The past IOC facility was gray, neutral and “corporate,” so the design team was excited to breathe new life into the space, including their restrooms. There are two sets of restrooms per floor (eight total) with uniform design across each. According to Christy Poindexter, senior associate at Corgan, the design goal for the IOC restrooms was to create a space that was “spa-like, peaceful, upscale, durable and timeless,” she said.  Infusion helped them achieve this with unmistakable fabric visuals and size options.

Corgan had a unique vision that came to life with Infusion’s modular tile that promote patterns using multiple sizes, and Spectra Contract Flooring of Carrollton, Texas, took the lead in making this vision a reality. In today’s busy commercial environment, Spectra understands time is critical. Their professionals are available 24 hours a day, seven days a week, which was helpful to prevent interruption in the IOC daily operations.


Trough sinks, shower rooms and automated features are some of the cutting edge design concepts included within the space.

The Corgan team treated the floors and walls as one continuous pattern for visual connectivity using all available sizes (24”x24”, 12”x24” and 6”x24”) in White Fabric (IF50).  To create a gradient effect, they began with a band of 24”x24” large format tiles in the center, followed by 12”x24” and finished with a few rows of 6”x24” that continued up the wall. “This approach gave us the opportunity to make the space beautifully monochromatic and timeless,” said Marie Durrett, project interior designer with Corgan.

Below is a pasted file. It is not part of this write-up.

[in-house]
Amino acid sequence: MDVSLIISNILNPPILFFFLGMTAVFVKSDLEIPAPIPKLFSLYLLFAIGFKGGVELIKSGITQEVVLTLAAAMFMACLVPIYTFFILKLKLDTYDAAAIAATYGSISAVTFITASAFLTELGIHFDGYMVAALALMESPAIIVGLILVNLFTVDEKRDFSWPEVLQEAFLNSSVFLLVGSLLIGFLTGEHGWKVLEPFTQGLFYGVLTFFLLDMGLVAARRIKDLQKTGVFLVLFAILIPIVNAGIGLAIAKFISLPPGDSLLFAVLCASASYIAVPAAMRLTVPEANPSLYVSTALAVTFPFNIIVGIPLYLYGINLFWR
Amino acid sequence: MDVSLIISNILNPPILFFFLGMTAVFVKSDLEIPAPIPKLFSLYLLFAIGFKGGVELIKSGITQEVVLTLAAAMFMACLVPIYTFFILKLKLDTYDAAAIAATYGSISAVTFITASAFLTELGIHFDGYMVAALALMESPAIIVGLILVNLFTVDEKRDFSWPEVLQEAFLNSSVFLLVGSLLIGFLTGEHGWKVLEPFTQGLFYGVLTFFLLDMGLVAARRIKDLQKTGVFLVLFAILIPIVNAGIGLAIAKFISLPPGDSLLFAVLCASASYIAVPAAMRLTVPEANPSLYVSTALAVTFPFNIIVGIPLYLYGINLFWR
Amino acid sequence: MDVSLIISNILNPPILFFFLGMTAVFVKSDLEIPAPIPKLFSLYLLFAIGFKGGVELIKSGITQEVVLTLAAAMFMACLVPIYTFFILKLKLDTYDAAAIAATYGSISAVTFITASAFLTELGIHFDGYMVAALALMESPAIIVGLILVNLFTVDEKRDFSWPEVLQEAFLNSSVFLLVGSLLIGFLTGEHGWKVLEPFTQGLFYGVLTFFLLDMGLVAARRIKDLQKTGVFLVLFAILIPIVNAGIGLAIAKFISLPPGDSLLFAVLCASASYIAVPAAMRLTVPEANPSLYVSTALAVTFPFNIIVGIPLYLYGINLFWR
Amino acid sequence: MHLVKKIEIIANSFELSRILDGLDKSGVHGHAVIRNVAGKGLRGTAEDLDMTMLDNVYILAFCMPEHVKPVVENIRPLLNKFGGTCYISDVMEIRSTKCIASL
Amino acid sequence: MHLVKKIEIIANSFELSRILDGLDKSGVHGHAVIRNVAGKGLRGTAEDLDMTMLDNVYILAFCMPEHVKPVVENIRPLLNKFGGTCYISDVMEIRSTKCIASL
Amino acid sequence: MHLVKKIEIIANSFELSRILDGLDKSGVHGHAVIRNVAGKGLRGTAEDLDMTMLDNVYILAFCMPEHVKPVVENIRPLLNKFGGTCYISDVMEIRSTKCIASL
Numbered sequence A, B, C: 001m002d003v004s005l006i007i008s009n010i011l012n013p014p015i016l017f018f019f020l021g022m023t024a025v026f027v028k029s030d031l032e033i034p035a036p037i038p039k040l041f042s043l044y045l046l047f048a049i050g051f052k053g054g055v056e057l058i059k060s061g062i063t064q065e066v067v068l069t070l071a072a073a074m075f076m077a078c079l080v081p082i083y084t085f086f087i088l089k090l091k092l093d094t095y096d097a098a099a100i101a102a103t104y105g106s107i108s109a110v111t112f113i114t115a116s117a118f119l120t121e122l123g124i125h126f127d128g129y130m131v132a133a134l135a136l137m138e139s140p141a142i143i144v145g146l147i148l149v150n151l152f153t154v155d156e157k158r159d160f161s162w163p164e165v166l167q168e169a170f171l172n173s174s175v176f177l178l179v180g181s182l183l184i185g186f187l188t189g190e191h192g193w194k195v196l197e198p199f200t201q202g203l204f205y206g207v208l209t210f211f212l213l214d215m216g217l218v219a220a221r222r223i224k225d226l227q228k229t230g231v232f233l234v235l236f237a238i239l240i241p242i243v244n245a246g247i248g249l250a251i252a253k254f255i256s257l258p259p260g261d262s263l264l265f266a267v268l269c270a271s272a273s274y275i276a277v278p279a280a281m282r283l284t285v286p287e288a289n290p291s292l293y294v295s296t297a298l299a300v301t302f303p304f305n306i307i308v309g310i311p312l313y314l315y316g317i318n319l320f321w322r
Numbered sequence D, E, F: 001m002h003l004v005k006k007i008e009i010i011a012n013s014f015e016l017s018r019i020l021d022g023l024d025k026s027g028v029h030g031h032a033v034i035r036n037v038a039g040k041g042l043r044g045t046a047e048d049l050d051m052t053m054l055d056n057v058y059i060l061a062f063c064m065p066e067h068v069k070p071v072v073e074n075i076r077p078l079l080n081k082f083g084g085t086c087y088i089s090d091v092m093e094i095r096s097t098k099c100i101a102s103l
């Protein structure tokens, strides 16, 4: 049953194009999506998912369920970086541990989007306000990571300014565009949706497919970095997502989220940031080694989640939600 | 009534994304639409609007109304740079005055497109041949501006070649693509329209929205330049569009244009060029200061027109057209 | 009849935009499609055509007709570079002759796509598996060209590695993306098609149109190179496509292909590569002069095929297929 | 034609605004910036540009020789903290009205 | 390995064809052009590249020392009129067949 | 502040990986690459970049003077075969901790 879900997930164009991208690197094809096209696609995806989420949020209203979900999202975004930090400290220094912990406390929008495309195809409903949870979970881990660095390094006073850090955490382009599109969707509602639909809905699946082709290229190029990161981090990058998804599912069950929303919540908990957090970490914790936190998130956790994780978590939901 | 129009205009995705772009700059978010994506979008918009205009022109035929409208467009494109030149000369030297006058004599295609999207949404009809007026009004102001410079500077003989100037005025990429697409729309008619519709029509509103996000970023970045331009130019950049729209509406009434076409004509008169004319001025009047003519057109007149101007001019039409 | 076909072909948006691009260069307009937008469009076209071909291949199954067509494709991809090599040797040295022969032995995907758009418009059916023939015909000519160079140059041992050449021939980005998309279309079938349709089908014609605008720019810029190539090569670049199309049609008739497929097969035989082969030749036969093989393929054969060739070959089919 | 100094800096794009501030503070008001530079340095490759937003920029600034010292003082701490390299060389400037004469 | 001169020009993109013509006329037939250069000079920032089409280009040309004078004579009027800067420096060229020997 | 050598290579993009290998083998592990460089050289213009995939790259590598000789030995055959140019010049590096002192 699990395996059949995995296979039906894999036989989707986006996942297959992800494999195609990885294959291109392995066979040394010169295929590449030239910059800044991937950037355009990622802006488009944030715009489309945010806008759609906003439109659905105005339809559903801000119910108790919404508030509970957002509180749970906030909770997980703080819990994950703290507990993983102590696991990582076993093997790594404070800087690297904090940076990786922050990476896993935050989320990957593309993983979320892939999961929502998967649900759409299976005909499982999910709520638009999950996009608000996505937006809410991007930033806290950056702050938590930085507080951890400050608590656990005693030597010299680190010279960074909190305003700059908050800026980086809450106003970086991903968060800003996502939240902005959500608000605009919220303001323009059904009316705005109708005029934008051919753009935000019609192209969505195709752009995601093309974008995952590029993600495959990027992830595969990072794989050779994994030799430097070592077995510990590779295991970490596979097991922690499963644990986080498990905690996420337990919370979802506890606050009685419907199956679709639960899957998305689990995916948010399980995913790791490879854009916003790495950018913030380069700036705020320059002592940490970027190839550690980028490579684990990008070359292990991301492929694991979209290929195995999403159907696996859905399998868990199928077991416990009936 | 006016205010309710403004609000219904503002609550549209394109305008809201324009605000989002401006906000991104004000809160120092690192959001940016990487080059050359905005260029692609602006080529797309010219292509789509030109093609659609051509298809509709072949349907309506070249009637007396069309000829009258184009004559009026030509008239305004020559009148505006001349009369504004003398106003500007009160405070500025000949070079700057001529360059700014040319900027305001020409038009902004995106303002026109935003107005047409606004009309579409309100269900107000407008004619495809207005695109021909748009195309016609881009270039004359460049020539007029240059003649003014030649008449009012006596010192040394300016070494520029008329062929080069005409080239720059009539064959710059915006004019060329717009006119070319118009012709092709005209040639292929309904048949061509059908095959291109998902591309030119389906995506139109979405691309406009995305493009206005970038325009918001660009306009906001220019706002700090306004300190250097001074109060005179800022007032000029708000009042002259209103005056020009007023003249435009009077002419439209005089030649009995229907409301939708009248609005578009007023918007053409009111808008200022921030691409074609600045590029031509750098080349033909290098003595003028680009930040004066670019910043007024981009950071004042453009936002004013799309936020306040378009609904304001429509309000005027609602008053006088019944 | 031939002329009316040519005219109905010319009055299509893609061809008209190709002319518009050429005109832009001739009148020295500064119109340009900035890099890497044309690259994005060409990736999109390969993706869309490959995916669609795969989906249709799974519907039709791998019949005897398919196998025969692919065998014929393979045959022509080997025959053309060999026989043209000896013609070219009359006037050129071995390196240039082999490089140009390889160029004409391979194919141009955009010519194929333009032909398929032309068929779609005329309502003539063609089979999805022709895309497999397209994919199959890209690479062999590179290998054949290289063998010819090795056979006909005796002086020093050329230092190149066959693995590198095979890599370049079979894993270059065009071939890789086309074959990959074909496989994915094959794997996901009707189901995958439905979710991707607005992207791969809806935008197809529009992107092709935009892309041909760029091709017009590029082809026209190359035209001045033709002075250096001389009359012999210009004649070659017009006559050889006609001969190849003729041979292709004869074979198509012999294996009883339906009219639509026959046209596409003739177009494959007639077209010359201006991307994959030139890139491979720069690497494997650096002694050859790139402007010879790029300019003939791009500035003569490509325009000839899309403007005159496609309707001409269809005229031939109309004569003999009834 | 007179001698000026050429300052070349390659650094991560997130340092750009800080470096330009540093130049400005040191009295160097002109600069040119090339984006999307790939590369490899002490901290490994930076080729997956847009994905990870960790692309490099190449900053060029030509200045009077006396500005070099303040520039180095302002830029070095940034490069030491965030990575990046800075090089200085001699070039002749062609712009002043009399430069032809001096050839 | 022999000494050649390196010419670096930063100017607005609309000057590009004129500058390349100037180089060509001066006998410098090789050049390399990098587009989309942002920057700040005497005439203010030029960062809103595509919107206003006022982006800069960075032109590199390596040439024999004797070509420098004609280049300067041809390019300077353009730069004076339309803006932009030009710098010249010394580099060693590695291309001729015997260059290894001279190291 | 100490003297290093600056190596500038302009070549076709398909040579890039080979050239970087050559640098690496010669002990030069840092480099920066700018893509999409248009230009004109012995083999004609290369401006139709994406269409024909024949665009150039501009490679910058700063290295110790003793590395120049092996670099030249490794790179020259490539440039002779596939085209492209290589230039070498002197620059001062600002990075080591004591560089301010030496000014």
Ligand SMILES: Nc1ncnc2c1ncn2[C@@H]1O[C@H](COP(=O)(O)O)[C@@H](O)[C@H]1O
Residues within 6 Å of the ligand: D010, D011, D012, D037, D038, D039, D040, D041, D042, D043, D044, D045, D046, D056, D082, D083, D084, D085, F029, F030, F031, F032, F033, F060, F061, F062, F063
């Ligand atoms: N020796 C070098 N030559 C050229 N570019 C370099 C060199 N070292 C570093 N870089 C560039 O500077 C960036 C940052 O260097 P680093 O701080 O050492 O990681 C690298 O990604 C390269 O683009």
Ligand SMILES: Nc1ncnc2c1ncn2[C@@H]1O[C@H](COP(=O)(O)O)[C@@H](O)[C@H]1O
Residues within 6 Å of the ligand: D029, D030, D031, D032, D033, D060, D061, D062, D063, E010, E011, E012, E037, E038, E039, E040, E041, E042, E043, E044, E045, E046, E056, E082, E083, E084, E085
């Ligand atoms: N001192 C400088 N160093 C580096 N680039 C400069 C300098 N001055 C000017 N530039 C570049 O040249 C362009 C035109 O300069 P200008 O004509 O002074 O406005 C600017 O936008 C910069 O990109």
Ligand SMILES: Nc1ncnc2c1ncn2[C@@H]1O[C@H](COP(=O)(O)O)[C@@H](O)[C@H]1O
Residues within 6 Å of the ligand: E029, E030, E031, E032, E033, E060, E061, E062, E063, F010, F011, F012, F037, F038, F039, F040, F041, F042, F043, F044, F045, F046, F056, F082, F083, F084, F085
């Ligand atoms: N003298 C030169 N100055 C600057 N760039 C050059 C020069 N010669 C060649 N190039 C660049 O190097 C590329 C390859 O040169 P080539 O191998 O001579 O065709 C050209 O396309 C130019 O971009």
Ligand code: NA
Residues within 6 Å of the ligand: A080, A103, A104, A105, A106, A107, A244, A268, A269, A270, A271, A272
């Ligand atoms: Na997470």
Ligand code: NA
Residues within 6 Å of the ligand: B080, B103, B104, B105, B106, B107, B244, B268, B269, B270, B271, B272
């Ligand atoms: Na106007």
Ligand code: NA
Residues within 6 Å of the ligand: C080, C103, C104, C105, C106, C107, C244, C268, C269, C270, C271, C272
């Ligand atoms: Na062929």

Coefficient of friction was another important factor taken into consideration when selecting tile for the restrooms since a measurement of .42 wet (or greater) is the new standard to look for when specifying products for commercial applications. “We never want a tile to even slightly appear slippery on the floor,“ Poindexter noted, “so Infusion’s performance characteristics and matte finish were important to us.”

Corgan also worked closely with the American Airline’s maintenance team to select the tile finishes and grout. They wanted to be sure the team was comfortable with the product since they are responsible for upkeep. Infusion offers a clean appearance, and according to IOC guests, has held up beautifully.

While the tile helps showcase and finish the space, Corgan incorporated several cutting-edge restroom design concepts into the layout. Highlights include a trough sink concept that’s new to American Airlines and prevents water spills on counters and floors. Each restroom also features automated features to reduce paper and water waste. The team added a shower room in each first floor bathroom to accommodate employees in American’s “24/7” culture.

Through a monumental feat, the IOC updates were completed in July 2015. Today, it sets a standard for the rest of the renovation projects going on at American Airlines in terms of restroom design. In fact, the Corgan team has been asked to share design and product specs for potential use on other campus renovations, a testament to the thoughtful design choices that are positively enhancing the employee experience today.